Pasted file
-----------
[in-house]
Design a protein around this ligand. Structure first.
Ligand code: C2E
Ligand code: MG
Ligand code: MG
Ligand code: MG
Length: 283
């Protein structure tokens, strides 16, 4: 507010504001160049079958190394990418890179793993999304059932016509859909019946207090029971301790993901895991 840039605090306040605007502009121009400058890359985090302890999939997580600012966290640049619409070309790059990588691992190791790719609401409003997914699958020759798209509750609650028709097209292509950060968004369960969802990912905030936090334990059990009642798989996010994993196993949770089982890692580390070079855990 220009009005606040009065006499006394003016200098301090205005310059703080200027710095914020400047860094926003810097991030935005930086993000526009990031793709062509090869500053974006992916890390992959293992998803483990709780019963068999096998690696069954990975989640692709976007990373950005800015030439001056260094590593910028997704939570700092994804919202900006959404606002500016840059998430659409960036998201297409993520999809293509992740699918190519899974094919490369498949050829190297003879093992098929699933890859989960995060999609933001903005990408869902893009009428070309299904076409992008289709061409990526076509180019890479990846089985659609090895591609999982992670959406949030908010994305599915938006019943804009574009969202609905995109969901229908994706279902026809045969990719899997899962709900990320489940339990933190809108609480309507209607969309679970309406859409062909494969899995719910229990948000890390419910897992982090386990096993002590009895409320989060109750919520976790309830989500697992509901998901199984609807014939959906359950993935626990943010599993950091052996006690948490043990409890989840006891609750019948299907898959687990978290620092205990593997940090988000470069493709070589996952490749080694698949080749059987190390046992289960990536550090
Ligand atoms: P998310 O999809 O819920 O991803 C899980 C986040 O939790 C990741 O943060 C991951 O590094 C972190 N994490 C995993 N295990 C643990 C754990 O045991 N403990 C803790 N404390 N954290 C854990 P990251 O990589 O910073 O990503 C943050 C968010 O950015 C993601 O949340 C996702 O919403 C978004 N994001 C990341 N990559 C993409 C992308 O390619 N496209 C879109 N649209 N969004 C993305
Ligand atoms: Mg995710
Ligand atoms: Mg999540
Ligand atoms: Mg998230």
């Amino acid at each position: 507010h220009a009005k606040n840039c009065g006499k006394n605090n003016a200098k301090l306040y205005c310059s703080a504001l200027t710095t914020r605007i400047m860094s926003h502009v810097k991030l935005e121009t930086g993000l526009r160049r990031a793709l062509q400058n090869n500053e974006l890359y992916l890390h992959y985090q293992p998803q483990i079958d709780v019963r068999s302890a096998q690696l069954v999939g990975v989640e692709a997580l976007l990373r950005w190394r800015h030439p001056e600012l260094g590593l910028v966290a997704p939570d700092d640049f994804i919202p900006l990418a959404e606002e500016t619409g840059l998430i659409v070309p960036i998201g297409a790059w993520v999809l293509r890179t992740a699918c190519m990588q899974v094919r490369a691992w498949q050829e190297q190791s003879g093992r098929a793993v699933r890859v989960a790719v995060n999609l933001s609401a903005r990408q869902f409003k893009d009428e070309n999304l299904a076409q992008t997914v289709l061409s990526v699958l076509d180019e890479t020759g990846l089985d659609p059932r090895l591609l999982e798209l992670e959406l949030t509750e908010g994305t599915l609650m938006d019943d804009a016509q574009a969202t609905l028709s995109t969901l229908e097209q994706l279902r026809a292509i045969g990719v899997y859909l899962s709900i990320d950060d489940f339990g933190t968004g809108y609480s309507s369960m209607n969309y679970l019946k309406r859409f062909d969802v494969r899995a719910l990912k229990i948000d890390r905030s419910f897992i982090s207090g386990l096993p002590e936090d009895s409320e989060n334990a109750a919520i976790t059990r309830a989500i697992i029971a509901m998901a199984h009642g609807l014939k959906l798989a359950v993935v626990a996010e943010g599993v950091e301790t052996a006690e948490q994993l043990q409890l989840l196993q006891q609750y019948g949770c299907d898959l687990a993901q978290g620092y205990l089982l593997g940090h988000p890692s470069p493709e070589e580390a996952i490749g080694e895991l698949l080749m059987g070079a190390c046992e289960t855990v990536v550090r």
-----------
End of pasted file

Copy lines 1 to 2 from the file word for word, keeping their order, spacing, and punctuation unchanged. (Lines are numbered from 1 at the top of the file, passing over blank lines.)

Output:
[in-house]
Design a protein around this ligand. Structure first.